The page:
I walked through the doors of the Notre Dame at 18 35 on the 3rd of March, 2018. The bells of the cathedral had just stopped ringing and mass had begun. The energy was electrifying, the lighting brilliant and the singing coupled with the music breathtaking. I took small steps as the setting sank in, the hair on my body standing and Christianity slowly breathing a new meaning. A new thought of the power of the church through the Middle Ages. Surely a stunning creation of mankind and yet one that could convert each to the cause so easily. As I walked out I was speechless, I could not remember the last time I was blown away by such magnificence created by mankind.
Paris, a city of districts(arrondissements), a city of preferences and one that cannot be described in any sense that is generic. It will surely have something for each one while its expanse means that one needs to find what one is looking for. If it is museums you need not look far, neither for the Eiffel or the stunning architecture of the city but it is in the undiscovered that one can really thrive. Paris commands time and yet it is seldom that one can give it the time it deserves. Walking down from Miller’s glorified Boulevard Rochechouart towards Boulevard de la Villette, I took to a turn up a street at Metropolitain La Chapelle. The placard on the wall said Rue du Faubourg Saint-Denis. I looked up at the street and every shop was either Tamil or Sri Lankan. I settled down for lunch and wine. The food was like it was from home and I surely felt that was I surrounded by some strange creation. No burning south Indian sun but the Chennai parotha and a perfect vindaloo left me to wonder how Parisian was all of it. It turns out, that is the essence of Paris, the blend of the old with all that is new. To explore the districts, the streets away from the flamboyant alleys clothed in Chanel, Yves St Lauren, Dior among all the other designer shops that line the pavements around the Opera Garnier where people dress as if every street is a ramp, is the other side of Paris. A blend that makes Paris what it is today, long after the days of the American writers glorified the potential of Parisian nightlife. When something is lost, there is always something gained and as Paris turns into a melting pot of cultures the romance of the old Paris found is less rampant.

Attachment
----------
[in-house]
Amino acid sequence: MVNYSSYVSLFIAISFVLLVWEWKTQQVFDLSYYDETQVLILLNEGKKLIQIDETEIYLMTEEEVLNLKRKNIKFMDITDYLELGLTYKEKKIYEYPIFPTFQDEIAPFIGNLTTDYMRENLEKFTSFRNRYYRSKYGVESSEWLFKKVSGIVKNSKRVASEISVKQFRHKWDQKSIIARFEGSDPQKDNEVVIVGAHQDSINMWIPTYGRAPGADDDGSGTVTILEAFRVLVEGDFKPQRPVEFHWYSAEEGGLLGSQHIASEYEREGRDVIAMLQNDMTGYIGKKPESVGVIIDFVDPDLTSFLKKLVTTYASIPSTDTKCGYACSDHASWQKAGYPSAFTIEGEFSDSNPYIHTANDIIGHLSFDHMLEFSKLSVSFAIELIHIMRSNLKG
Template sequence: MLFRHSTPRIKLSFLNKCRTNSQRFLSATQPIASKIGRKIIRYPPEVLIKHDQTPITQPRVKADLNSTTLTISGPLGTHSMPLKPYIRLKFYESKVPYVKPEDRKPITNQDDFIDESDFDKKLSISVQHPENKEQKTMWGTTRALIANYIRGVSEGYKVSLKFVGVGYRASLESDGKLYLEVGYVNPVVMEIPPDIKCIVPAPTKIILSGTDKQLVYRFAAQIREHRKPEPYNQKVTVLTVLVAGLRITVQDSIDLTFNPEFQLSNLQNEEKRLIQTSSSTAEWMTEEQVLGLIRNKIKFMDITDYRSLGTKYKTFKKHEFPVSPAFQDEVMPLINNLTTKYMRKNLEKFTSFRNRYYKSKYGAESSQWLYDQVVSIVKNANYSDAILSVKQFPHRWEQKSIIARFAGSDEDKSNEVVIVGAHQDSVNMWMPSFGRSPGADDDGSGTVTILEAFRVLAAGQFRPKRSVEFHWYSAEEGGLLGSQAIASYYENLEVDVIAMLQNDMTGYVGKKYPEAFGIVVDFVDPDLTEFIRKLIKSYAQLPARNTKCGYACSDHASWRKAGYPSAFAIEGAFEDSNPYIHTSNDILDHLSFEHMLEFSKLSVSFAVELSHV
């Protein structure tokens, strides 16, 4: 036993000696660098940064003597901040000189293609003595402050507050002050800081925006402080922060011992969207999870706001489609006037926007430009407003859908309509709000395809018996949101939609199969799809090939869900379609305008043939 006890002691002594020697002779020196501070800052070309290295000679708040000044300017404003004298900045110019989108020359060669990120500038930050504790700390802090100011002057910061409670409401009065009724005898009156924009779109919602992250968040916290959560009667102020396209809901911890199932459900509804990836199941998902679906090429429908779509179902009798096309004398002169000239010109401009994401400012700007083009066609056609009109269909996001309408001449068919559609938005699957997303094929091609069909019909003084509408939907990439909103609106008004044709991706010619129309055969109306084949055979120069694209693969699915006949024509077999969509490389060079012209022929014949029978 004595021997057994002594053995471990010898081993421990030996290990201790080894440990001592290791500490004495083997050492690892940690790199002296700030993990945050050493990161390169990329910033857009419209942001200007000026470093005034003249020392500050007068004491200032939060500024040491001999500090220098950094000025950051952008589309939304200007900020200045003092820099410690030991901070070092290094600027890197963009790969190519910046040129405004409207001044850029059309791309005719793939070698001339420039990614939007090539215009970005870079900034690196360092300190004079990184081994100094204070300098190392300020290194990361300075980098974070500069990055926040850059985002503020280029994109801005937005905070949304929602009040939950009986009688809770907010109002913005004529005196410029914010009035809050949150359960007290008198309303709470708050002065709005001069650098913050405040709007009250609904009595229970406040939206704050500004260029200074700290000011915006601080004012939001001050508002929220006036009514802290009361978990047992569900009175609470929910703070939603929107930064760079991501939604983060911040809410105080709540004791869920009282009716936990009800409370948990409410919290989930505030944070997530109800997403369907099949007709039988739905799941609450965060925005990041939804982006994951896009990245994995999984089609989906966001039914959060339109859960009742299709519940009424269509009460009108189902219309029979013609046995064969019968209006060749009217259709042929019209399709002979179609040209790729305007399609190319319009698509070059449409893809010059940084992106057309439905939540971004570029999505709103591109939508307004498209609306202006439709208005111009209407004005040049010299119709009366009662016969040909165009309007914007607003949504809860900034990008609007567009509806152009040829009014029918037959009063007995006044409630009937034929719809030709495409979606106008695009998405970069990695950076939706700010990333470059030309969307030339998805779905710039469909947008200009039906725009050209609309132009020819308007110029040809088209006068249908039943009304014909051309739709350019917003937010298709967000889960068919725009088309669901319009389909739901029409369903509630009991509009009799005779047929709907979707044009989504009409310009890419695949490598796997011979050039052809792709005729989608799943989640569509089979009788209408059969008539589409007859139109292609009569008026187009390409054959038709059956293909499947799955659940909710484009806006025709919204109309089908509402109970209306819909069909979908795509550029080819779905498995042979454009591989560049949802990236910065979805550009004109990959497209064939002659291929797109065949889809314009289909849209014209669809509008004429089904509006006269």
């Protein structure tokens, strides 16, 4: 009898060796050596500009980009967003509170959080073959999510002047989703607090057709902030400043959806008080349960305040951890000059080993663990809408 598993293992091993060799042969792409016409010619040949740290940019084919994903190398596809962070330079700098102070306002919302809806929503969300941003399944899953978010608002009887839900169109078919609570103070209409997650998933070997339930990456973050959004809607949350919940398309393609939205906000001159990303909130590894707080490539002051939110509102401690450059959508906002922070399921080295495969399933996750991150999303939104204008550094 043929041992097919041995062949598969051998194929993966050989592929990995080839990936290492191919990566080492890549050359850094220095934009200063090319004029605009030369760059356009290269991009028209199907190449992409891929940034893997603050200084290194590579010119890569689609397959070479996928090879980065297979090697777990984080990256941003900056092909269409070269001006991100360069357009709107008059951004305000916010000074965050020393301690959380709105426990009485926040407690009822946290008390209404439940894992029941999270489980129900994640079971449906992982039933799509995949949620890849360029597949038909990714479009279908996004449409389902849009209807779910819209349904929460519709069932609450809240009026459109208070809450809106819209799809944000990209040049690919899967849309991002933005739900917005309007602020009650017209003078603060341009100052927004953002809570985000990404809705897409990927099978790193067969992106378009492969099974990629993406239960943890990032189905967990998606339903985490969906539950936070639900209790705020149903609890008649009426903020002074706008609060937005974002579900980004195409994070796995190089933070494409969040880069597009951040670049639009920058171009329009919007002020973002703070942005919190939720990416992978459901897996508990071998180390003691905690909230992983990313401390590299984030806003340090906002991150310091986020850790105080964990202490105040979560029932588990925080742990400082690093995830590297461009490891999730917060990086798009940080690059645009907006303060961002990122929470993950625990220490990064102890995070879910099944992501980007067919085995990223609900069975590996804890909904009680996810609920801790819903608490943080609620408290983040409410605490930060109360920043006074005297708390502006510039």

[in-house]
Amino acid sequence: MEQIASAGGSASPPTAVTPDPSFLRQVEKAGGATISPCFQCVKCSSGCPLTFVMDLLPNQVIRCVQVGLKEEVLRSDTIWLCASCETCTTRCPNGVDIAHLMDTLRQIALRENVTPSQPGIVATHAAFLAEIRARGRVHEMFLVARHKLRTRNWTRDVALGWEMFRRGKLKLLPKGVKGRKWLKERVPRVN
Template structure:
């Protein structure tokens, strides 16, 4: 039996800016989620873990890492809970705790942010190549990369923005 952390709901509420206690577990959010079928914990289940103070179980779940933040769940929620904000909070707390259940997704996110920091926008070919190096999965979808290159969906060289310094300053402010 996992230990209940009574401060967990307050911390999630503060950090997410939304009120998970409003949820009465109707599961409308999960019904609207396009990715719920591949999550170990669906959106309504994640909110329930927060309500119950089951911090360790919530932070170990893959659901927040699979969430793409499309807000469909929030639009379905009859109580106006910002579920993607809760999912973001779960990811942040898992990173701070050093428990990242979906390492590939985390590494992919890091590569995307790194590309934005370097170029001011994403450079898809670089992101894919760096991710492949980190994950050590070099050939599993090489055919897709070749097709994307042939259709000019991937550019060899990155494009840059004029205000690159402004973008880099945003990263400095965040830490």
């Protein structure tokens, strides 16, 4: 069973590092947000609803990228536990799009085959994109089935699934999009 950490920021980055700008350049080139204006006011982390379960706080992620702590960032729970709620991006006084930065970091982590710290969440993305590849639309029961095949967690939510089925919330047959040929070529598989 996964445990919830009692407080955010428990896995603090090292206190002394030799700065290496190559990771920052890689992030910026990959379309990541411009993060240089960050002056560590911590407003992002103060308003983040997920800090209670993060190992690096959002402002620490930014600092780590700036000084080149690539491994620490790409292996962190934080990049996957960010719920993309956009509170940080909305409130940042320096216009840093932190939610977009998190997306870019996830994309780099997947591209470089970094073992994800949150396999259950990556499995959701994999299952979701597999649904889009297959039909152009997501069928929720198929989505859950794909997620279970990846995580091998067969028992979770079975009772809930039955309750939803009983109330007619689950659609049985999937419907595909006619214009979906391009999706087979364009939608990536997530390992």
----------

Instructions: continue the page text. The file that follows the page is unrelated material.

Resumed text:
The districts of Montmartre and Montparnasse were my favorite although they thrive in contrasting styles. Montmartre, translating to the hill of the martyrs, is filled with narrow winding streets that continuously seem to rise and fall, Moulin Rouge seems a focal point as well as the Metropolitain Abbesses just five minutes away. In the day at times one can mistake it for one of the dead districts of Paris but at night it awakens as if it were all that Paris had congregated too. The contrast stunning, the energy lively. Sacré-Cœur stands right above as if to add everlasting grandeur to a district that could never die. Montparnasse on the other hand finds its pulse in everyday life, with cafés that were graced by all the artists of the ages lining the Boulevard Montparnasse. There is a feel of a counter culture as one walks up to Metropolitain Edgar Quinet, but the long avenues and constant bustle gives Montparnasse a feel of everlasting energy. One could imagine Sartre drinking his first coffee of the morning there and ending the night after an entire day of work with a pastis in any of those cafes. The artistic feel is open and driven.
Paris is a question of taste. So, if you have no time, read about the different arrondissements and find what you desire. The tourist spots are all very well documented and I wanted to focus on these two districts since they brought with them a special energy that I cherished.
I lived in Montmartre at 10 Rue 3 des Freres. I couldn’t dream of a more beautiful spot, maybe you would prefer to look out at the Eiffel Tower each morning or the Sacré-Cœur or the Champs- Élysées. Paris is one of the most beautiful cities in the world, so don’t miss on what would make it more special. Spend as long as you can sinking into the world’s most beautiful construct, for Paris is not a museum but a style of life.